M3 Pro Chip Barely Faster Than M2 Pro in Unverified Benchmark Result
Apple's new M3 Pro chip with a 12-core CPU offers only marginally faster CPU performance compared to the M2 Pro chip with a 12-core CPU, according to a Geekbench 6 result spotted today by Vadim Yuryev, co-host of the YouTube channel Max Tech. This is only a single benchmark result, so further results are needed to ensure accuracy.
Apple announced new 14-inch and 16-inch MacBook Pro models with M3, M3 Pro, and M3 Max chips on Monday. This benchmark result appears to be for the 14-inch model, based on the "Mac15,6" model identifier listed.
The result shows the M3 Pro has a single-core score of 3,035 and a multi-core score of 15,173. If these scores are accurate, the M3 Pro is up to 14% faster than the M2 Pro in terms of single-core performance, but only up to 6% faster in terms of multi-core performance for the most demanding tasks and workflows.
Both the M2 Pro and M3 Pro are equipped with up to a 12-core CPU, but the M3 Pro has only six high-performance cores and six efficiency cores, while the M2 Pro has eight high-performance cores and four efficiency cores. So while the M3 Pro is manufactured with TSMC's 3nm process, compared to 5nm for the M2 Pro, the chip's resulting performance gains are diminished due to it having two fewer performance cores. The M3 Pro also has 25% less memory bandwidth and one fewer GPU core compared to the M2 Pro.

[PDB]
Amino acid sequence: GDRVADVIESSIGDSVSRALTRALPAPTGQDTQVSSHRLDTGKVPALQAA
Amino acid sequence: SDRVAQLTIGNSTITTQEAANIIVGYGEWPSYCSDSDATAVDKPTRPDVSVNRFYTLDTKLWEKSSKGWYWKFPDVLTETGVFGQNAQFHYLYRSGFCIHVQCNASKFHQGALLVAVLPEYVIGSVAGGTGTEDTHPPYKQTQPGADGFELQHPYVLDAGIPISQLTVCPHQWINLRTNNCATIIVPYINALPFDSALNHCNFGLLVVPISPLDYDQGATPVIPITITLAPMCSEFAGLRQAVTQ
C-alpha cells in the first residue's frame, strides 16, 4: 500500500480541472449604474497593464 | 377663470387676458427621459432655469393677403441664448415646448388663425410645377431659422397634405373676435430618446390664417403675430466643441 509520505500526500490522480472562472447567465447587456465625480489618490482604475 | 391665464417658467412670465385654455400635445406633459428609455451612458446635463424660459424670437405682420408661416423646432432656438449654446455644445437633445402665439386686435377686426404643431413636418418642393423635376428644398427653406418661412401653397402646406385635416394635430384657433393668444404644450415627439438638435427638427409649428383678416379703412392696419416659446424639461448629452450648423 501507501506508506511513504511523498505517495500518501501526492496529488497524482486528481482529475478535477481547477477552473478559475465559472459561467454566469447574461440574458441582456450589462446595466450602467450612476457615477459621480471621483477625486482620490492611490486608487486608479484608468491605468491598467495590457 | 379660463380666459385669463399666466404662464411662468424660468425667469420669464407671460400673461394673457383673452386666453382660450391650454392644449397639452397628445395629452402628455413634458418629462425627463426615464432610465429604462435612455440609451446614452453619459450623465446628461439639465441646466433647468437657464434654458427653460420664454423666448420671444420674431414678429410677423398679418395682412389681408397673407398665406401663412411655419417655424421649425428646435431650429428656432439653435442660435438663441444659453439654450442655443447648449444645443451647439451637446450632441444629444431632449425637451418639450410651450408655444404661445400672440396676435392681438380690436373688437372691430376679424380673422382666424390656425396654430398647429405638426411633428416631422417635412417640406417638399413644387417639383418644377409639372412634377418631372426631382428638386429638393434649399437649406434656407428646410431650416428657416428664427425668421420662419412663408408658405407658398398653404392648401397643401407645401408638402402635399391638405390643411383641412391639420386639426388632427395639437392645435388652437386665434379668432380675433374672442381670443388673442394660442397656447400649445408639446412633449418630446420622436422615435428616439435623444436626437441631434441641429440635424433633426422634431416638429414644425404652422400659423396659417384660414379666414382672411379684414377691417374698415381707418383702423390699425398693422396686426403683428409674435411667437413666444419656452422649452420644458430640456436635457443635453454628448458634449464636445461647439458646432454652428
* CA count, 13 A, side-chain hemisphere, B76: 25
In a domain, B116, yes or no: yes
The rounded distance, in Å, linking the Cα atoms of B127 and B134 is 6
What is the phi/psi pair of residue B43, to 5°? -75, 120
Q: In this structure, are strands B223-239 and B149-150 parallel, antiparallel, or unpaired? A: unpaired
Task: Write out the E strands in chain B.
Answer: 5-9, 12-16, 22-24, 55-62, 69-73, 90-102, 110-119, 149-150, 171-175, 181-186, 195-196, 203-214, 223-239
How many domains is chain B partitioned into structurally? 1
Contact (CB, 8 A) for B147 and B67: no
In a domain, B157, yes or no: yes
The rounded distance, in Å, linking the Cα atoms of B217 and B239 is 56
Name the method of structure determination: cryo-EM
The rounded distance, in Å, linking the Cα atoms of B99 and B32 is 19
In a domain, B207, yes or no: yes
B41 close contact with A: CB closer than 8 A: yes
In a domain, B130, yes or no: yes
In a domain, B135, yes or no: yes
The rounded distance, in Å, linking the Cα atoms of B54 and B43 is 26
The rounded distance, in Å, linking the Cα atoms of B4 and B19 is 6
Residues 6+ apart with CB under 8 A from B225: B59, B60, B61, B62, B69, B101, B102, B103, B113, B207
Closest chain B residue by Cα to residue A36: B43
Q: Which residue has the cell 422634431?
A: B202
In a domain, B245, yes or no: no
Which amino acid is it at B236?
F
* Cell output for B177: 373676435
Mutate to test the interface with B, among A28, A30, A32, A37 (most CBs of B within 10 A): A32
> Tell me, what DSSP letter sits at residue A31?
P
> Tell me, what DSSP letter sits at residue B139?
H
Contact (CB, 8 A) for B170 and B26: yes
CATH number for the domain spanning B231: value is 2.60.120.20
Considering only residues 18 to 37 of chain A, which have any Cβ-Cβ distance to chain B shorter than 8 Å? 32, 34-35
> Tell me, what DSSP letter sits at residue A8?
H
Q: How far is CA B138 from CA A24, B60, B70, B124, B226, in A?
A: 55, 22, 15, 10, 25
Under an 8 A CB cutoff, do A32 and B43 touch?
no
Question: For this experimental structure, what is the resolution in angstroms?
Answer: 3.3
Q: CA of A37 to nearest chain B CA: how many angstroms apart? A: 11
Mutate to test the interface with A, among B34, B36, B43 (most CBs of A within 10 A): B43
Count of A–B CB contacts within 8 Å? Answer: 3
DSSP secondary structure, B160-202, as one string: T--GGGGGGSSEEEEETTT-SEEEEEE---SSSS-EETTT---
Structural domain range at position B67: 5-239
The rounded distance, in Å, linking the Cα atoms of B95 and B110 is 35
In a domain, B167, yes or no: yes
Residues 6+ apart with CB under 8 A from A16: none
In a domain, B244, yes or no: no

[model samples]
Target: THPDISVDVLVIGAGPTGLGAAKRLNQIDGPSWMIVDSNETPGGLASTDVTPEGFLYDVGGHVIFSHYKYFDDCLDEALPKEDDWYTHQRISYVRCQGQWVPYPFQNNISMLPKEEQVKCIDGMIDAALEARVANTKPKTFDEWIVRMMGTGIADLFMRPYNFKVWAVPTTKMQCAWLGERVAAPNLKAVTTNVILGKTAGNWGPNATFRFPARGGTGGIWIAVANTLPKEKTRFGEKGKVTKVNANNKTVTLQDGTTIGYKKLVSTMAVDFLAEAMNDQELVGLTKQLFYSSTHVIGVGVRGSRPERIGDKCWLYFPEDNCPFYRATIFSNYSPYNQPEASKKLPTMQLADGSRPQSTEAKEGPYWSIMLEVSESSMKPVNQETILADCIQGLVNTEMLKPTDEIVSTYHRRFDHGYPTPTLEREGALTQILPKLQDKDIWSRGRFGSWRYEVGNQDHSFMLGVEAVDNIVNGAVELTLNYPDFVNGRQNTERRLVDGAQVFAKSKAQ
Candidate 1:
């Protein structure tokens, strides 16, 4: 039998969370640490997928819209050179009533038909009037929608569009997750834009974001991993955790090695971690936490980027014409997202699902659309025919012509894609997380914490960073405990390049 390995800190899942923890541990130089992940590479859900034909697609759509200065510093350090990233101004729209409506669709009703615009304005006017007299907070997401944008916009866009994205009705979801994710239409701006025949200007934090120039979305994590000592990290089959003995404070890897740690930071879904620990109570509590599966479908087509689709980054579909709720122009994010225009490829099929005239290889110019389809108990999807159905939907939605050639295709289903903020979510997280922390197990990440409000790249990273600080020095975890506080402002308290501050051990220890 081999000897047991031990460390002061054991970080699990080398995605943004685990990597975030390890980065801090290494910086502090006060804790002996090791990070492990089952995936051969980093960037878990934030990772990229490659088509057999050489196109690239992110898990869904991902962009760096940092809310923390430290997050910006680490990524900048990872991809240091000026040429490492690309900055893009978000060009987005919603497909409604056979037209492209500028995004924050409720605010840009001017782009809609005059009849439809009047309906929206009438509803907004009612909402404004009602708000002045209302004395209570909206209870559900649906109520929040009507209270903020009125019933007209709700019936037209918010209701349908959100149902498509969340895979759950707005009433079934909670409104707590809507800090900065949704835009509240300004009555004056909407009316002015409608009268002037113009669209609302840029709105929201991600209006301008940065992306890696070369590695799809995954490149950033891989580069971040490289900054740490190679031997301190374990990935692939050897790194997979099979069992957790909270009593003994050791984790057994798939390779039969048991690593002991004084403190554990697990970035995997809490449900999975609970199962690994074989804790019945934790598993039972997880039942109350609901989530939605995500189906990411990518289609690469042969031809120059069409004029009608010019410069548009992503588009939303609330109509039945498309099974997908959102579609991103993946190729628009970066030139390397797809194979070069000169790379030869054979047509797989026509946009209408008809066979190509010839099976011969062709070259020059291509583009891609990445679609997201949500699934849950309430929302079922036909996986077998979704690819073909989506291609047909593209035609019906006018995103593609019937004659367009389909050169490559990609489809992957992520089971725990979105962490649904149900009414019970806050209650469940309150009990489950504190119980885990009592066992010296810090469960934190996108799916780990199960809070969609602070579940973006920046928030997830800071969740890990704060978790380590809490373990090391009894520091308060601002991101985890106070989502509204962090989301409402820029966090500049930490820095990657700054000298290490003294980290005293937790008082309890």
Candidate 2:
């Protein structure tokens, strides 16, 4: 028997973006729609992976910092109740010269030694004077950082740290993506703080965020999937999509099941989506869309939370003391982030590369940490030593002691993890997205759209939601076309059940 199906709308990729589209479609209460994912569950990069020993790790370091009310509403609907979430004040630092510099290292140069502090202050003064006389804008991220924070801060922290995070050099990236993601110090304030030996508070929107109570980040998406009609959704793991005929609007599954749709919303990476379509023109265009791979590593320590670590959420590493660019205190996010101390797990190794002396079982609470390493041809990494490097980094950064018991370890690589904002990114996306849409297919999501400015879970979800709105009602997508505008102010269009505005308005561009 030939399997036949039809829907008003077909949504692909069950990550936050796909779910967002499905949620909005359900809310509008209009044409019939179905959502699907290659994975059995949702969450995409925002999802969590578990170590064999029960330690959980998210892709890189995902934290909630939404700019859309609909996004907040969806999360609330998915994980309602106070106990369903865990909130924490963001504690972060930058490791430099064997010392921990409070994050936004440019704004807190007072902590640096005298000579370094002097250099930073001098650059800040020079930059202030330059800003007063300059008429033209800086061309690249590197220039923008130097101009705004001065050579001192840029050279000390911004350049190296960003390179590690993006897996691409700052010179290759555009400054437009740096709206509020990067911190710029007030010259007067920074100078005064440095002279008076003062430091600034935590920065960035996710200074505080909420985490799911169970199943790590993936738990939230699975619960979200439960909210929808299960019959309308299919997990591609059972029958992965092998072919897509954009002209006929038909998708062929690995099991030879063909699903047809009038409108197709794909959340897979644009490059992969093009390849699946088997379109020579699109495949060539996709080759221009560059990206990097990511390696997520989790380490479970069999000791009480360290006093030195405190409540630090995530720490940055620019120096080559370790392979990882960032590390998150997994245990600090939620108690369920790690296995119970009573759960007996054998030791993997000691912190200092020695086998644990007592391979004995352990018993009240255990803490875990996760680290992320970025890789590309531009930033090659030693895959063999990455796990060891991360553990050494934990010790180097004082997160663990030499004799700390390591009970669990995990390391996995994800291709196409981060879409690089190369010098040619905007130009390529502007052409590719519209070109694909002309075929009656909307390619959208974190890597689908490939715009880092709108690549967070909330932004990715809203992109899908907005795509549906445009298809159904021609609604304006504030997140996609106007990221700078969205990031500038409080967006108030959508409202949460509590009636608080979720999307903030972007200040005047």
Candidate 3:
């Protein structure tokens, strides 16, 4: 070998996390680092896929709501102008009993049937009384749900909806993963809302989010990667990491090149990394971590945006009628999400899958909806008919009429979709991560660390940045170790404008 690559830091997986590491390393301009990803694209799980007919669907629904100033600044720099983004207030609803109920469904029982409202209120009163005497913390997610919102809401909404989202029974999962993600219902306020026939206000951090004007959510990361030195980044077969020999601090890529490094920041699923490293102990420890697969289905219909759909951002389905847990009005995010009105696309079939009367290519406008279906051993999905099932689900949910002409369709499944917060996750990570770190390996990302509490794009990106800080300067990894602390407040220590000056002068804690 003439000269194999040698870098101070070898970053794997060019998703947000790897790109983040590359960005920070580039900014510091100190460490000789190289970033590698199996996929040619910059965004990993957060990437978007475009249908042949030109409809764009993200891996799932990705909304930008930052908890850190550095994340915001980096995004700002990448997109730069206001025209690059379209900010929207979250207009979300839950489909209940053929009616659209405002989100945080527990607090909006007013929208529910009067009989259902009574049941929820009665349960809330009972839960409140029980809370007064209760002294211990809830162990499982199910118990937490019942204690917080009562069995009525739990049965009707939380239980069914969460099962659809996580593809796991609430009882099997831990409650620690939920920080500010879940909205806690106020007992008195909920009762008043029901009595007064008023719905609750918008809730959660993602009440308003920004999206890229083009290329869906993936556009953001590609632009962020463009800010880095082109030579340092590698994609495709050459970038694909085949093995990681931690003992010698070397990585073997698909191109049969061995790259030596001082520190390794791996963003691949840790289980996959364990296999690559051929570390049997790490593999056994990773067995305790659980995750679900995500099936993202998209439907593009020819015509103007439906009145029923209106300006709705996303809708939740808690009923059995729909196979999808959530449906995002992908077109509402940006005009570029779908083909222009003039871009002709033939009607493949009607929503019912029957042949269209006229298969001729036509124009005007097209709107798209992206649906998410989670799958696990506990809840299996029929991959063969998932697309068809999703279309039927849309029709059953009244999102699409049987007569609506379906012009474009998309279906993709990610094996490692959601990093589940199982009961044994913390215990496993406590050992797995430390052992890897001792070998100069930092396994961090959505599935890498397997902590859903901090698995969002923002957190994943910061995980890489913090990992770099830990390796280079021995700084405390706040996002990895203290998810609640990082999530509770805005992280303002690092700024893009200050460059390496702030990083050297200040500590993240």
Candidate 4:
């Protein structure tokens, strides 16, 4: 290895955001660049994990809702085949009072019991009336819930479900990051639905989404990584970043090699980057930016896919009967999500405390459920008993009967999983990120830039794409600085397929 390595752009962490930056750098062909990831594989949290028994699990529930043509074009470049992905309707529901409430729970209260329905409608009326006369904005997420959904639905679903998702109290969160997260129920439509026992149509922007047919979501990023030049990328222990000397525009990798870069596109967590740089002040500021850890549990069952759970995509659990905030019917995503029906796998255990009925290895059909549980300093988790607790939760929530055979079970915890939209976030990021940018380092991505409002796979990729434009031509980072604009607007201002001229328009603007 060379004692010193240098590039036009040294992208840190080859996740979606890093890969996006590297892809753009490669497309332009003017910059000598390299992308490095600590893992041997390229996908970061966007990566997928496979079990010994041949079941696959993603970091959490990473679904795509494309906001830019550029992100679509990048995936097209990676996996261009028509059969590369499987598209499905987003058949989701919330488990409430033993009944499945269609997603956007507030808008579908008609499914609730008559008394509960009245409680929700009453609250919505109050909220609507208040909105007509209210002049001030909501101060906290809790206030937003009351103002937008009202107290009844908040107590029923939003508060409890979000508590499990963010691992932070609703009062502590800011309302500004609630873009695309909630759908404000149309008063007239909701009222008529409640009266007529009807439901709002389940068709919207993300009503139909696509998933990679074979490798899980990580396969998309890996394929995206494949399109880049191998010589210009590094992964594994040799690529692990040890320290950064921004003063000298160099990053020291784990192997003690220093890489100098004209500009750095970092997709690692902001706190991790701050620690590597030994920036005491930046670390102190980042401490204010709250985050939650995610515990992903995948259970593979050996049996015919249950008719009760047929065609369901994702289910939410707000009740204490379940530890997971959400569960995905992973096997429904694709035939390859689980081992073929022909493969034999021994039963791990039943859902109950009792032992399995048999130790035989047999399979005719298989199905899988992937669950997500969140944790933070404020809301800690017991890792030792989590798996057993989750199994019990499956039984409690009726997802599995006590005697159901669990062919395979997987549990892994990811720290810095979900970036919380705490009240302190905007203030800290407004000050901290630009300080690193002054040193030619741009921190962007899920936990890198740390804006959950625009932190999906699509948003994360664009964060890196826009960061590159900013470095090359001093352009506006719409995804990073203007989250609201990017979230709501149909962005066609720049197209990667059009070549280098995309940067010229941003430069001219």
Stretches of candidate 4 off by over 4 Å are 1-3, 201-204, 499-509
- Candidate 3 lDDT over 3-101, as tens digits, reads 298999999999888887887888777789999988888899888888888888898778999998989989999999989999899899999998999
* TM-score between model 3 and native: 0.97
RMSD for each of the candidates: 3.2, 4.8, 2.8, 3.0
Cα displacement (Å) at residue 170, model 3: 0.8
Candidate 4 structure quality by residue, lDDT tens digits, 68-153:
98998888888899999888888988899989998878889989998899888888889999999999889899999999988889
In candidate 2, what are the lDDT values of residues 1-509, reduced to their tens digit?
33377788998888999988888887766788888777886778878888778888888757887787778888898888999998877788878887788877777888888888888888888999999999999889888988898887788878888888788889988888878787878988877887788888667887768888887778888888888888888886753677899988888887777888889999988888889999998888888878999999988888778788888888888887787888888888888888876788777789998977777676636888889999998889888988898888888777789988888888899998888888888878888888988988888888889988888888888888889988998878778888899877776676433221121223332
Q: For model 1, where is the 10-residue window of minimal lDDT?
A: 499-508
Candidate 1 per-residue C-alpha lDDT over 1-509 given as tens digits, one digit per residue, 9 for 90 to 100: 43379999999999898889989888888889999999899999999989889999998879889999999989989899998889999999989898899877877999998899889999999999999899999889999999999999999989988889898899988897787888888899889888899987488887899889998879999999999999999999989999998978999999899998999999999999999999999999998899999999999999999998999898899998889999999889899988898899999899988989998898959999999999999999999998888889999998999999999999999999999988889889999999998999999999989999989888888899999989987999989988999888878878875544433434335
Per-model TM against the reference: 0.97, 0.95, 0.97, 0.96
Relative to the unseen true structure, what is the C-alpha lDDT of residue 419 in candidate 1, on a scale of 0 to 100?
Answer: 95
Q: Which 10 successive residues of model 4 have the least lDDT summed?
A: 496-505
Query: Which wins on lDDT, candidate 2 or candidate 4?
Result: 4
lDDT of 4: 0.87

By limiting the M3 Pro's number of high-performance cores, Apple has created more differentiation between the M3 Pro and the M3 Max, which has up to 12 high-performance cores. However, as a result, the M3 Pro is only marginally faster than the M2 Pro.
Geekbench 6 results from earlier this week showed that the M3 Max is up to 45% faster than the M2 Max, while the standard M3 chip is up to 20% faster than the standard M2 chip, so the M3 Pro is by far the least improved chip of the series. Of course, the M3 Pro is still a significant upgrade for those coming from an Intel-based Mac. M3 Pro is also up to 20% faster than the M1 Pro chip, which is a decent improvement.
As always, benchmarks provide a useful reference point, but real-world performance can vary.
The new MacBook Pro models are available to order now, and M3 and M3 Pro configurations will begin arriving to customers and launch in stores on Tuesday, November 7. M3 Max configurations will launch a few days later.